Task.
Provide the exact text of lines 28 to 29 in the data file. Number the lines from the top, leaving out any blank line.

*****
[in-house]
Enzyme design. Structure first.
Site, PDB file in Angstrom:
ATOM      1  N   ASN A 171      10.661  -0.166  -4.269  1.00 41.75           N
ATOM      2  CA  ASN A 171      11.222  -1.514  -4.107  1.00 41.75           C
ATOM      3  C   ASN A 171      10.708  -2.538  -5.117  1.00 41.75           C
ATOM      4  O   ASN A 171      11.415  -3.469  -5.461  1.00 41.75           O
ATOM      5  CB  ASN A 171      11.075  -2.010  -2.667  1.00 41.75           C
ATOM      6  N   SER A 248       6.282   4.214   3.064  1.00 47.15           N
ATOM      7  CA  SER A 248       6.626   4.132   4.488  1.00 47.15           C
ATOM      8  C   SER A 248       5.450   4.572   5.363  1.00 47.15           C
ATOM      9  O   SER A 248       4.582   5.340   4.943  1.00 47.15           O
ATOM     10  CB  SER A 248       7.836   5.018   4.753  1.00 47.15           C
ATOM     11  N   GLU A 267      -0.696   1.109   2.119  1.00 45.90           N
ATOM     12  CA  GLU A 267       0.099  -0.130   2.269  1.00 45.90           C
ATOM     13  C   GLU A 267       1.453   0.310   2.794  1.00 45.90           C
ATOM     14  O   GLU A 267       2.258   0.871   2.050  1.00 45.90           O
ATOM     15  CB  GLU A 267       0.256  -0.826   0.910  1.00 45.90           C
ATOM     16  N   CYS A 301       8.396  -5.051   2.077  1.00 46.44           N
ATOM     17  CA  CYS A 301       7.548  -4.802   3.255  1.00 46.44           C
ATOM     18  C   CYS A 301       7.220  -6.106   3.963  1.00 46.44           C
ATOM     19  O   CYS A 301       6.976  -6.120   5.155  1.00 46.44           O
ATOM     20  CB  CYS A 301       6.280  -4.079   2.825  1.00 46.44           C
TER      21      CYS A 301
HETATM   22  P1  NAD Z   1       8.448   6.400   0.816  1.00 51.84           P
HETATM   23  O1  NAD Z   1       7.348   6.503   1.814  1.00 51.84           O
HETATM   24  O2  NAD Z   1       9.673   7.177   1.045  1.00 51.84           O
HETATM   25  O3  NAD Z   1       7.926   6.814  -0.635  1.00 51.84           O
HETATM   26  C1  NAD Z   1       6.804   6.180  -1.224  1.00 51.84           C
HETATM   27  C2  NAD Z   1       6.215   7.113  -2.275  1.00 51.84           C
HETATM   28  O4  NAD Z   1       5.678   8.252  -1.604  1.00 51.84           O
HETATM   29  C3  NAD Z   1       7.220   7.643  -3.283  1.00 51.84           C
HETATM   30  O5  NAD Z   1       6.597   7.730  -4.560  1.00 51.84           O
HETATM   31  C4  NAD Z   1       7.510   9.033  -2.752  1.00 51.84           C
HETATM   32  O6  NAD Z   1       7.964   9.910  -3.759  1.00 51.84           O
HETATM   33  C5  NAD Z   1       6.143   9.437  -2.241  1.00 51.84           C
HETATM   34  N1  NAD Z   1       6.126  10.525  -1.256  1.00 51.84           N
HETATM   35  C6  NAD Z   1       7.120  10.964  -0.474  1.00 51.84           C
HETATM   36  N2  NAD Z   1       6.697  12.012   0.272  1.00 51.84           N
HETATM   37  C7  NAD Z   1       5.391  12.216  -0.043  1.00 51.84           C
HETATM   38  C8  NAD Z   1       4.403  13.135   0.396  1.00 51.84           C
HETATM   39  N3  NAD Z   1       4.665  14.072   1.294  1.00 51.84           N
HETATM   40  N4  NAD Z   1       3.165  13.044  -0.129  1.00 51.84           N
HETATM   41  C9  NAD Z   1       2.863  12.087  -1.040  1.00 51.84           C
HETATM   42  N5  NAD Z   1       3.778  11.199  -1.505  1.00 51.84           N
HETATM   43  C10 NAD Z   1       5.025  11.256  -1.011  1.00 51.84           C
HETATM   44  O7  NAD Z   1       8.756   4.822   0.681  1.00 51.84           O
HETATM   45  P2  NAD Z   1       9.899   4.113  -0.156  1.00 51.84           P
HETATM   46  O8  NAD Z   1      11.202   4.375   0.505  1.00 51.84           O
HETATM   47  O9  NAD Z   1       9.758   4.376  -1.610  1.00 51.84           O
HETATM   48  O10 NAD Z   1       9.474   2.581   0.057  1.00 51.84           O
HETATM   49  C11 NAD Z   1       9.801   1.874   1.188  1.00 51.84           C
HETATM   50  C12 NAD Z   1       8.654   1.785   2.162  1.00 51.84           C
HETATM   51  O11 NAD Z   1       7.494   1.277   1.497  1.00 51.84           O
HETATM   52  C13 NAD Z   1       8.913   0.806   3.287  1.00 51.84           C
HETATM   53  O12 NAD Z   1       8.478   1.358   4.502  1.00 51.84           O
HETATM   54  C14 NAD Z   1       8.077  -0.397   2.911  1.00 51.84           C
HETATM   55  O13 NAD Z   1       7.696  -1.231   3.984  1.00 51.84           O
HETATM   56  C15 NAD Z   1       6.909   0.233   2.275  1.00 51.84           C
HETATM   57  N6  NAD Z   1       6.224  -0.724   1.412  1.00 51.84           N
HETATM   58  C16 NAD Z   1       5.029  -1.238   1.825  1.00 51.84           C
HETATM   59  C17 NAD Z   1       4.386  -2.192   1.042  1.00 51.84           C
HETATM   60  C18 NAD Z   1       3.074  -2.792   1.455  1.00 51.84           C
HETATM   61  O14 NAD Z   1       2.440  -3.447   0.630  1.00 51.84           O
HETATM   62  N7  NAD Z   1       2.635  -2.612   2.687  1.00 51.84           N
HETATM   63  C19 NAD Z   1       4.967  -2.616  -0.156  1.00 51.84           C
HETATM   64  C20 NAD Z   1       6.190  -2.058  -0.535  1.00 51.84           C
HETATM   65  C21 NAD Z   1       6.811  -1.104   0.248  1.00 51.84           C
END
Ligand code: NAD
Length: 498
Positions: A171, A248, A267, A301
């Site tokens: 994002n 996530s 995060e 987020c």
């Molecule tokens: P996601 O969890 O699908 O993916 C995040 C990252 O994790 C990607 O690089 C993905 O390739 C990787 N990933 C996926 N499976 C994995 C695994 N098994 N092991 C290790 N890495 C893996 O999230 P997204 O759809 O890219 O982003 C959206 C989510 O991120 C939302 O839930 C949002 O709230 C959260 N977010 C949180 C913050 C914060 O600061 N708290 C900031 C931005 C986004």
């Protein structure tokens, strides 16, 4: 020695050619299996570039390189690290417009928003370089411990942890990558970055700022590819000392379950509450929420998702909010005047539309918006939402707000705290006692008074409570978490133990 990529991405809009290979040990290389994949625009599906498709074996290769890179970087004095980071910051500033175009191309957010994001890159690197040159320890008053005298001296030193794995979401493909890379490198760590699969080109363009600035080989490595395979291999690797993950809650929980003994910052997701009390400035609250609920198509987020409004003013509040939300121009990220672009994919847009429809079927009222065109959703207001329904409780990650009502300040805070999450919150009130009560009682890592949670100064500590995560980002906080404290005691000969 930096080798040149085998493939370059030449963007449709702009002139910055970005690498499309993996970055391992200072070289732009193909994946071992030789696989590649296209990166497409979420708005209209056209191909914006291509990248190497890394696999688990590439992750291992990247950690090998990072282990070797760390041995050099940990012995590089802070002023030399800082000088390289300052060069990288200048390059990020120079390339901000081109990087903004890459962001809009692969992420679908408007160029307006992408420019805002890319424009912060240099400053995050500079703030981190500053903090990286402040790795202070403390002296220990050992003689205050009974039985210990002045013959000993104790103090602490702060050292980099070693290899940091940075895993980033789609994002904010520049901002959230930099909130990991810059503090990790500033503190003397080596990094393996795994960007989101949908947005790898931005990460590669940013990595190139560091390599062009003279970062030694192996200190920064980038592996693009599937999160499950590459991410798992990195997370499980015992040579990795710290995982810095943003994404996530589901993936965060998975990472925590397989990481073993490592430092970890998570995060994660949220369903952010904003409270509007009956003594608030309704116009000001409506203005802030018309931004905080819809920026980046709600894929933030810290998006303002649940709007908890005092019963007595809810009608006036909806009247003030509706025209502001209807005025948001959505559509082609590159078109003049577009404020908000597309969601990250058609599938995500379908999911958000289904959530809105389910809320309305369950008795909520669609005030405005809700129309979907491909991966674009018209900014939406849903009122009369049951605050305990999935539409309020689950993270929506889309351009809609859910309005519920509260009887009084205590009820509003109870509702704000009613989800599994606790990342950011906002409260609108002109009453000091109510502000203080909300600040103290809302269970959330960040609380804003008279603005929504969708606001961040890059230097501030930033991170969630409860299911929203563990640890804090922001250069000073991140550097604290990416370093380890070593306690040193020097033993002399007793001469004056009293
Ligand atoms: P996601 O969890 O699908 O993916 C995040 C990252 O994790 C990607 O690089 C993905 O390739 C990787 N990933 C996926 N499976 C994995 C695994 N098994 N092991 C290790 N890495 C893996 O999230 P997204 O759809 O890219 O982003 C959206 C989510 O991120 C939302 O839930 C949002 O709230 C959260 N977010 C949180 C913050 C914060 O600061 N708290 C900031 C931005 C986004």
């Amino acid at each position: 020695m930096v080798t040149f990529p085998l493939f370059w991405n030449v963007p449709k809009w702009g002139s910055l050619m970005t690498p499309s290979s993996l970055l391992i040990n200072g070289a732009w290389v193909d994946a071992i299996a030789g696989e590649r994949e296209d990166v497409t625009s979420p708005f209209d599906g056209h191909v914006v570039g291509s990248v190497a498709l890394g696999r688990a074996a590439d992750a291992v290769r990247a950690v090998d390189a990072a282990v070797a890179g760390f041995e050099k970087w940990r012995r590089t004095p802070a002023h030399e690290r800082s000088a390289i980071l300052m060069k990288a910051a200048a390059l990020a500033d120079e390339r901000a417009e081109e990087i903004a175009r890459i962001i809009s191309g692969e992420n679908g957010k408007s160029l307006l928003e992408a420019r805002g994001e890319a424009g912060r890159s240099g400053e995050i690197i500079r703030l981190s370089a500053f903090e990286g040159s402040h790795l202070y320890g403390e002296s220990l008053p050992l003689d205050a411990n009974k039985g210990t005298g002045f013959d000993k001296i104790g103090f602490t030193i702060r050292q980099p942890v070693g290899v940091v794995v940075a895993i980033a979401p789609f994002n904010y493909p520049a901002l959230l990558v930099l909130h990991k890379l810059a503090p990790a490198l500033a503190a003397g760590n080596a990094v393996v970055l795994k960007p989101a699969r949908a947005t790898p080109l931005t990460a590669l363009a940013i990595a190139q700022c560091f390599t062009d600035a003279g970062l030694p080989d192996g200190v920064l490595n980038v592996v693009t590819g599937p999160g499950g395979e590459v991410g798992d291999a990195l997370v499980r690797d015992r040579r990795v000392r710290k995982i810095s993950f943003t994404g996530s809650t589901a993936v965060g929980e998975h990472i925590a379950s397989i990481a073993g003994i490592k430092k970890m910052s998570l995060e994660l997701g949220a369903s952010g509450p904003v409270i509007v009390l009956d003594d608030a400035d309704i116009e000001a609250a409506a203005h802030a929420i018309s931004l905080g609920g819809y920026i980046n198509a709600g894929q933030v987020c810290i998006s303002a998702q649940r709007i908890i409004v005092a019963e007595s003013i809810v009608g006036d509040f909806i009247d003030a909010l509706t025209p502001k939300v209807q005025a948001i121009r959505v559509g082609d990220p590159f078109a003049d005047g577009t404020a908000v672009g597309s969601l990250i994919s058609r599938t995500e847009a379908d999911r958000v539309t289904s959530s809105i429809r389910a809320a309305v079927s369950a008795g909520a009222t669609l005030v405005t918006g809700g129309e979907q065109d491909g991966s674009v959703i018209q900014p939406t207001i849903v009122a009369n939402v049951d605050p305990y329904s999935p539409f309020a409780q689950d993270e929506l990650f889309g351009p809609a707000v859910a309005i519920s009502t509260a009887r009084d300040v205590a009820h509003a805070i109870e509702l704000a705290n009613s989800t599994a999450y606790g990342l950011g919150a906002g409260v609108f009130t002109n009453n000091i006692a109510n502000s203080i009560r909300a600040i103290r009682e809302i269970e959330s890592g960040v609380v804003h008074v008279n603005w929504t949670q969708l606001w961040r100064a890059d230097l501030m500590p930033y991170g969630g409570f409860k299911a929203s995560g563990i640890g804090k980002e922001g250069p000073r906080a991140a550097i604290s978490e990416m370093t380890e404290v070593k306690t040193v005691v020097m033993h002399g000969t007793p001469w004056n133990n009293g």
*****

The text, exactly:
HETATM   25  O3  NAD Z   1       7.926   6.814  -0.635  1.00 51.84           O
HETATM   26  C1  NAD Z   1       6.804   6.180  -1.224  1.00 51.84           C